Anyone want to do a Ph.D. in PCT-based robotics?

See http://www.sys.uea.ac.uk/studentships/ABSTRACT34.html.

Or animation:
http://www.sys.uea.ac.uk/studentships/ABSTRACT35.html
For some more detail of what I've been doing with animation, see
http://www.sys.uea.ac.uk/~jrk/visicast/RK-GW2001/.

-- Richard Kennaway, jrk@sys.uea.ac.uk, http://www.sys.uea.ac.uk/~jrk/
   School of Information Systems, Univ. of East Anglia, Norwich, U.K.

[From Bruce Nevin (01.05.03 15:05 EDT)]

Excellent!

I gather there are 12 scholarships for the 48 listed studentships (of which you offer two). Does this mean that only 12 will be filled, or that only 12 will be funded by these scholarships and others may be filled in other ways?

For those who, like me, need a reminder of what a PID controller is, there's a useful FAQ at http://www.tcnj.edu/~rgraham/PID-tuning.html

Richard, I got a 404 Not Found message for the URL
http://www.sys.uea.ac.uk/~jrk/PCT/Archy.html

         Bruce Nevin

···

At 19:30 05/03/2001 +0100, Richard Kennaway wrote:

See http://www.sys.uea.ac.uk/studentships/ABSTRACT34.html.

Or animation:
http://www.sys.uea.ac.uk/studentships/ABSTRACT35.html
For some more detail of what I've been doing with animation, see
http://www.sys.uea.ac.uk/~jrk/visicast/RK-GW2001/.

-- Richard Kennaway, jrk@sys.uea.ac.uk, http://www.sys.uea.ac.uk/~jrk/
   School of Information Systems, Univ. of East Anglia, Norwich, U.K.

[From Richard Kennaway (20010503 21:55 BST)]

Bruce Nevin (01.05.03 15:05 EDT):

Richard, I got a 404 Not Found message for the URL
http://www.sys.uea.ac.uk/~jrk/PCT/Archy.html

The current URL is http://www.sys.uea.ac.uk/~jrk/PCT/Archy/Archy.html.
I'll see if I can set up a redirection to enable the old URL to work.

-- Richard Kennaway, jrk@sys.uea.ac.uk, http://www.sys.uea.ac.uk/~jrk/
   School of Information Systems, Univ. of East Anglia, Norwich, U.K.

[From Richard Kennaway (01.05.04 12:42 BST)]

Bruce Nevin (01.05.03 15:05 EDT):

I gather there are 12 scholarships for the 48 listed studentships (of which
you offer two). Does this mean that only 12 will be filled, or that only 12
will be funded by these scholarships and others may be filled in other ways?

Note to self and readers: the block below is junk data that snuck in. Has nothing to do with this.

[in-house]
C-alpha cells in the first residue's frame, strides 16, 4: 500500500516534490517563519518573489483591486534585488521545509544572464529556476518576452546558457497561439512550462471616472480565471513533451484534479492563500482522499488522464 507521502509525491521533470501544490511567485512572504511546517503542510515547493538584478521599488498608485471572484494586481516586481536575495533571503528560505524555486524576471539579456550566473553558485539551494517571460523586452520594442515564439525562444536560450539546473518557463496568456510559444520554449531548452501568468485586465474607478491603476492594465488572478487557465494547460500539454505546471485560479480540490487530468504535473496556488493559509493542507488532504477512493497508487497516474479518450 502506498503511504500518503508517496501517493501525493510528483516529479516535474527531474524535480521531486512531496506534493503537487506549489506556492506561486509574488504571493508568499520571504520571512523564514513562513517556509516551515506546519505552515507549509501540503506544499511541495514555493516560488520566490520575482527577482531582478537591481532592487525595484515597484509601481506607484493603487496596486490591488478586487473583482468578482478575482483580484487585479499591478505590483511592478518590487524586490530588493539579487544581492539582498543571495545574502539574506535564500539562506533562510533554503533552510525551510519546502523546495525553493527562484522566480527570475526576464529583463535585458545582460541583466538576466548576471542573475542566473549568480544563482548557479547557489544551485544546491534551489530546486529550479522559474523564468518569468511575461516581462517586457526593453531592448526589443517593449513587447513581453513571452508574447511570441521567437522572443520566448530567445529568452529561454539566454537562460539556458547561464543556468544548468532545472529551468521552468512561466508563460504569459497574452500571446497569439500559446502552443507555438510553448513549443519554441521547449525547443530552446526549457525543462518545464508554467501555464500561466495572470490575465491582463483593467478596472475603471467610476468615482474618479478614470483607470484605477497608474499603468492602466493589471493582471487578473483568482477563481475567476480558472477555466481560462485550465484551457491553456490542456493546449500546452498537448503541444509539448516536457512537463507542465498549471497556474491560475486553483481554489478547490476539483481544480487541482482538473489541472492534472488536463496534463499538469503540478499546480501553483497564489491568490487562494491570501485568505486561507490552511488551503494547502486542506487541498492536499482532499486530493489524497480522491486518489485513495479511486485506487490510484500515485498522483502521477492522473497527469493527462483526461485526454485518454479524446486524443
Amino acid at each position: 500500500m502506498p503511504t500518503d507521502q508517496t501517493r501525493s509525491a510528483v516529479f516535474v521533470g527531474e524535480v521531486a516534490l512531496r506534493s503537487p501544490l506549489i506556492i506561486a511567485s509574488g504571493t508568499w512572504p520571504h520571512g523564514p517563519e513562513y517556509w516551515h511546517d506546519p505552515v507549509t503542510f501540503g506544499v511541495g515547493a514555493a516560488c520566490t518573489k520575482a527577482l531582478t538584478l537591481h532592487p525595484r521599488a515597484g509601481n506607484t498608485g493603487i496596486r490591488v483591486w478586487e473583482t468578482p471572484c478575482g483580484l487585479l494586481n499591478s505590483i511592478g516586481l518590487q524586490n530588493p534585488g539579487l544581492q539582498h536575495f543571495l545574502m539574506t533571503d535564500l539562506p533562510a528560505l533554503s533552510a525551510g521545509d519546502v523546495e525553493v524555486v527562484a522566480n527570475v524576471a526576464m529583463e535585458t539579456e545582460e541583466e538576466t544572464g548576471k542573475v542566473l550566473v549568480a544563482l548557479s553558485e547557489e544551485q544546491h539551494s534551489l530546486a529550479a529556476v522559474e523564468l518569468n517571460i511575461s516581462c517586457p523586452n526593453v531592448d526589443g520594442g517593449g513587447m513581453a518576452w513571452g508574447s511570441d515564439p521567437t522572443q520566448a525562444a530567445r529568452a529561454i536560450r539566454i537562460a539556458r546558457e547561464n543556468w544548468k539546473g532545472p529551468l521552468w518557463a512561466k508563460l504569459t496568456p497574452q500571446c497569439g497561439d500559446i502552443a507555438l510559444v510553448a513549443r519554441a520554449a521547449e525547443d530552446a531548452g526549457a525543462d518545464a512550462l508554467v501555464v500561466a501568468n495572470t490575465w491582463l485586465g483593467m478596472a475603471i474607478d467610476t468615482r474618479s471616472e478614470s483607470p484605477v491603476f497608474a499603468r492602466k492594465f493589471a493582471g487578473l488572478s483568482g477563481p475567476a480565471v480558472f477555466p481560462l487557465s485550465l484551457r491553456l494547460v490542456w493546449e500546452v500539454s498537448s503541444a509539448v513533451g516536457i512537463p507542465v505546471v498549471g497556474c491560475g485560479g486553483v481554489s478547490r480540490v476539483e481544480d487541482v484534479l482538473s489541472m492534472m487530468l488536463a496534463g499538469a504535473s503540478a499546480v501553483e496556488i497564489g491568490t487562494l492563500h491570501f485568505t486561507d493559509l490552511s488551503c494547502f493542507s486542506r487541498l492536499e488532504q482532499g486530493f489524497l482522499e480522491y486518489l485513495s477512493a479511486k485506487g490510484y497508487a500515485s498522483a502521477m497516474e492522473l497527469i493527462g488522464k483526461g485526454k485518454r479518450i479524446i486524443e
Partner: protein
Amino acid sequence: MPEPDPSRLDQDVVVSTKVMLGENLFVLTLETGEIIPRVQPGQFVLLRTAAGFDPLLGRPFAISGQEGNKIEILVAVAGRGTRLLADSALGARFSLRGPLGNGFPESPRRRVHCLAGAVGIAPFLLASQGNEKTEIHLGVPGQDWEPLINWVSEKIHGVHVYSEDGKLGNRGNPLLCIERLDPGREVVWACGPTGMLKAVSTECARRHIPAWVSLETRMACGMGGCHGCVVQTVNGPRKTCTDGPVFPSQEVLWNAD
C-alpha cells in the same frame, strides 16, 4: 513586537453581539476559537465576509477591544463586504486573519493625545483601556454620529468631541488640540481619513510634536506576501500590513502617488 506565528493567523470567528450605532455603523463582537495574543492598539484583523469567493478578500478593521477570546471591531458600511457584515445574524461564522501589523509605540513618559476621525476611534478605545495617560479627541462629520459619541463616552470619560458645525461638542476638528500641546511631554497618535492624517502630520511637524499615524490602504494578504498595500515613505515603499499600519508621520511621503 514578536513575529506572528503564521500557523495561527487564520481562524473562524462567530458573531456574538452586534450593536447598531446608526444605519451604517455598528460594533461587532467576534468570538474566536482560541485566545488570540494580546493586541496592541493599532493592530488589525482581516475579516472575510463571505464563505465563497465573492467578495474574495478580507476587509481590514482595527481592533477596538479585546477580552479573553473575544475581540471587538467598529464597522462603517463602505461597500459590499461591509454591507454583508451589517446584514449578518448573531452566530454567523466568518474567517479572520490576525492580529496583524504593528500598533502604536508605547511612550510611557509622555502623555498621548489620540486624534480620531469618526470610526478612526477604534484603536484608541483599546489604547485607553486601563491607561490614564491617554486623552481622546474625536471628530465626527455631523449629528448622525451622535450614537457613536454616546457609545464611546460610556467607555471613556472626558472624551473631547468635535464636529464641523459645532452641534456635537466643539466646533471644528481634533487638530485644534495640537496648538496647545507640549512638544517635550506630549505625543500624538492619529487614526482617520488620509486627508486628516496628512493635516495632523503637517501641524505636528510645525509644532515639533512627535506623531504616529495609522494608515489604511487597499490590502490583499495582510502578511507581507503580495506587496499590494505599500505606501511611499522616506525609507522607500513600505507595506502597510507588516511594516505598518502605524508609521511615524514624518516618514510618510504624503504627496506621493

Anyone satisfying our research admissions criteria may be offered a place,
but possibly with no scholarship. For self-funded applicants, there may be
some limited financial help available, depending on the quality of the
individual.

Anyone wanting further details of our entry requirements and procedures
should contact Dr. Moe Razaz <mr@sys.uea.ac.uk>.

-- Richard Kennaway, jrk@sys.uea.ac.uk, http://www.sys.uea.ac.uk/~jrk/
   School of Information Systems, Univ. of East Anglia, Norwich, U.K.

[From Dag Forssell (010504 10:00 PST)]

> Richard Kennaway 3 May 2001 19:30:23 +0100
>

See http://www.sys.uea.ac.uk/studentships/ABSTRACT34.html.

Or animation:
http://www.sys.uea.ac.uk/studentships/ABSTRACT35.html
For some more detail of what I've been doing with animation, see
http://www.sys.uea.ac.uk/~jrk/visicast/RK-GW2001/.

Richard,

This is just great! Congratulations!

Best, Dag

[From Bill Powers (2001.05.04.1442 MDT)]

Richard Kennaway (20010503 21:55 BST)

The "avatar" looks great, and works pretty well on my 360 MHZ desktop. I
appreciate the problem you mention with the three-hinge approximation for a
ball-and-socket joint, but it seems to me there must be a better solution.

The shoulder-roll and shoulder-yaw torques are actually created by lateral
muscles that wrap around above and below the humerus near the shoulder. The
sum of the upper and lower muscle forces pulling from the chest creates an
inward, shoulder-yaw torque; the difference between these two forces
creates the shoulder-roll torque (about the axis of the humerus). There is
another pair of muscles pulling outward which also attach above and below
the axis of the humerus, providing the antagonist yaw and roll torques.

I believe the deltoid and its antagonists work the same way: these muscles
provide both shoulder-pitch and shoulder-roll torques. In all cases the
reaction forces work directly between the body and the humerus, not through
interacting hinges at the shoulder.

Because the vertical line of action of the deltoid swings laterally with
yaw motions at the shoulder, the force is always directly upward, parallel
to the yaw axis. The pitch torque thus always acts on the humerus at right
angles to the yaw torque, so there is never any approach to "gimbal lock"
in this joint.

Also, because the shoulder-roll torque is created by differential forces
acting at right angles to the humerus axis, the roll-torque axis is always
the same as the humerus axis, or so I think. I'm speaking only about
first-order effects.

Maybe you've already been through this and the results are incorporated in
the "signing" model. I hope to get back to our C program sometime soon and
figure out what is blowing up when the upper-arm angle nears 90 degrees.
When this problem and the gimbal-lock problem are solved, I think we can
forge ahead with Little Man 3.

Very nice work with the signing project, with a lot of practical value.

Best,

Bill P.